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June 6, 2011

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Putting meaning back into old festivals

FOR years folk experts warned that traditional festivals were hollow, merely days for eating special foods. Now the Dragon Boat Festival is a public holiday and Chinese reflect on its meaning, reports Yao Minji.

For the past month, 67-year-old Wang Yuqin, a retired high school teacher in Shanghai, has been counting the days until the Dragon Boat Festival (duan wu), which falls today.

Last weekend, she took her nine-year-old grandson to City God Temple and got multicolored silk, long red strings, Chinese herbs like bai zhi (angelica dahurica), sweet-flag leaf (calamus) and cang shu (Chinese atractylodes). These she uses to fashion sachets of herbs that are insect repellents and once said to ward off evil. These sachets and bags of herbs are seen hanging in front of pharmacies these days as people get ready for the festival.

"When I was little, and even when my daughter was a child, we used to celebrate the festival with a lot of old traditions, but somehow, gradually it just became a day for eating zongzi (dumplings of glutinous rice wrapped in bamboo or reed leaves)," Wang tells Shanghai Daily.

Five years ago she realized that the old traditions and meaning had gone out of the festival. That was when her grandson suddenly asked her, "Granny, can we go race dragon boats?" The child was disappointed because both parents had to work, and there wasn't any dragon boat race to watch or join.

In 2008, after many sociologists and experts in folk customs expressed concern that old festival traditions were being lost, the government officially added the Qingming Festival, the Dragon Boat Festival and the Mid-Autumn Festival to the list of public holidays, when people can take a day off from work.

For many people, these additional holidays, especially when they can take a three-day weekend, become a great time for a family trip. And for some families like Wang's, the holidays give them a chance to revive some fading traditions.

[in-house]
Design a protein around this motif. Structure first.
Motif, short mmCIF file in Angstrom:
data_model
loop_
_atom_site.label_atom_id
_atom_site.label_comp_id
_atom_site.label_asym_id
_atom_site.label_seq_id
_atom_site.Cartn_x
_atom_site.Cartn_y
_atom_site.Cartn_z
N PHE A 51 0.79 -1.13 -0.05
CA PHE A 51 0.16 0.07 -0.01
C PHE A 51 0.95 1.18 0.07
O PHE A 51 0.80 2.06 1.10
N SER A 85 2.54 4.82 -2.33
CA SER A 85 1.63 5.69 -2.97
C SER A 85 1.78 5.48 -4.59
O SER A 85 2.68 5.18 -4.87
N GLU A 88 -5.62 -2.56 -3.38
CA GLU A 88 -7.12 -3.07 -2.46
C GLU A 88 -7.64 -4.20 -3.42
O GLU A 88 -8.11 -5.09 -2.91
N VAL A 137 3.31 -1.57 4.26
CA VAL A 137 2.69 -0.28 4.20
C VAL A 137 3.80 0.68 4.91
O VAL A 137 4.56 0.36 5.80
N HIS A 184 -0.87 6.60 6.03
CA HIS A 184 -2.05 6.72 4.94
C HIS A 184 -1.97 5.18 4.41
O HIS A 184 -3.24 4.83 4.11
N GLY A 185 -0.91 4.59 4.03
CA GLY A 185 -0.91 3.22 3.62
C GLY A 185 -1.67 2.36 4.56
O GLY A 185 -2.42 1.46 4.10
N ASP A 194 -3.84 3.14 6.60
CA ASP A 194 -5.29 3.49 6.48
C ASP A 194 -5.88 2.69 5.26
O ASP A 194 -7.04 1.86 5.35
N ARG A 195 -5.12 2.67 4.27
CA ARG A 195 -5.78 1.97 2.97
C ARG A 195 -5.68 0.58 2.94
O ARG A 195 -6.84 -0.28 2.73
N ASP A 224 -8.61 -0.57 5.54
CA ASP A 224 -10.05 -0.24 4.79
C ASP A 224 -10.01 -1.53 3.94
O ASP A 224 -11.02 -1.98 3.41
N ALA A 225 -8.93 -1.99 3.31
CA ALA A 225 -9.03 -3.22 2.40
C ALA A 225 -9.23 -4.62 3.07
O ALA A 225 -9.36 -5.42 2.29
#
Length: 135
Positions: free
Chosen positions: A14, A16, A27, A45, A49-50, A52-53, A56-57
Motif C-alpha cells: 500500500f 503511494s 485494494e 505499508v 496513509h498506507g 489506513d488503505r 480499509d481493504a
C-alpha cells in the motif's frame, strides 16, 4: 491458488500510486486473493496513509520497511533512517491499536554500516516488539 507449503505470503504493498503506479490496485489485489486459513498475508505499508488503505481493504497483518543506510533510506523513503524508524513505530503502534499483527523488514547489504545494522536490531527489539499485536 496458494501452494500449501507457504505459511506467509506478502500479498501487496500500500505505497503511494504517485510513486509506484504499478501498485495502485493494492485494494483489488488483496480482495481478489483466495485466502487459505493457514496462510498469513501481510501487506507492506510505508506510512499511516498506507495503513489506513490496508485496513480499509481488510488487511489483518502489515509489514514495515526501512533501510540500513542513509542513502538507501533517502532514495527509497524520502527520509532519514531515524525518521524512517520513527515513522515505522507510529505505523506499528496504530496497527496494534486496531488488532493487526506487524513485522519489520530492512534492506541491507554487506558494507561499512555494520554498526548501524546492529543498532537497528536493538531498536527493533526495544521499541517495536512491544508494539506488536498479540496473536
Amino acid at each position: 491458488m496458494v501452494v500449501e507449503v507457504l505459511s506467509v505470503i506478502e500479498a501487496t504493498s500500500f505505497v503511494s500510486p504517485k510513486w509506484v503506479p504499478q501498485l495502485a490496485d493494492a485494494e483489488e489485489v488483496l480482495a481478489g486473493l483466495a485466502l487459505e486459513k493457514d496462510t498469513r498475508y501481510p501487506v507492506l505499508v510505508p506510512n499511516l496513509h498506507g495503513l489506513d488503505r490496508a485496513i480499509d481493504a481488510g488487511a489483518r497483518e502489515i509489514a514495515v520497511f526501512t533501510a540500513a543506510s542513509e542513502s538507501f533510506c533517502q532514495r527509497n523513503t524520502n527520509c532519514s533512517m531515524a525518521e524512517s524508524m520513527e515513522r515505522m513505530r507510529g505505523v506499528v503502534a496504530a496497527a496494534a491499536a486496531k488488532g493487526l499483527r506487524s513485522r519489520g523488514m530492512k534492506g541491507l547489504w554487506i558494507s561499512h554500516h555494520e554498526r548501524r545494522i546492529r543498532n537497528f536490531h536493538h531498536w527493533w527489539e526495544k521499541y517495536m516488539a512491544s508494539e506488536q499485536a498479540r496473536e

"I closely followed the whole discussion from proposal to the final announcement on the holiday," says Wang. "We celebrated it by making zongzi, silk scent bags and hair accessories with my grandson, just as we did when my daughter was a child."

"It was great. The boy was happy, and we felt nostalgic for old times. So we did it again last year and we are doing it this year for the third time."

Like Wang's family, 31-year-old Jack Ma also plans to take his five-year-old daughter shopping for the festival.

"I'm very excited. I plan to make a red silk bag for dad, a green one for mom and a pink one for myself," Ma's daughter says.

But she used to think of the festival only as a day to eat zongqi, glutinous rice balls, stuffed with sweet filling and wrapped in leaves.

Culture experts have long warned about the loss of tradition since many Chinese families have come to associate some festivals only with food - zongi for the Dragon Boat Festival, yuanxiao dumplings for the Lantern Festival and moon cakes for the Mid-autumn Festival.

Considering festivals as days to eat special food has made it easy to forget the essence of the festivals. Long ago when people were poorer and diets were simpler, these special snacks were delicacies made especially for festivals. Today snacks are available all year round.

"The aspect of dispelling illness and wishing for health is an important part of the Dragon Boat Festival, and should be vigorously promoted since food security and health is a pressing topic today," says Tian Zhaoyuan, professor of anthropology and folk customs at East China Normal University.


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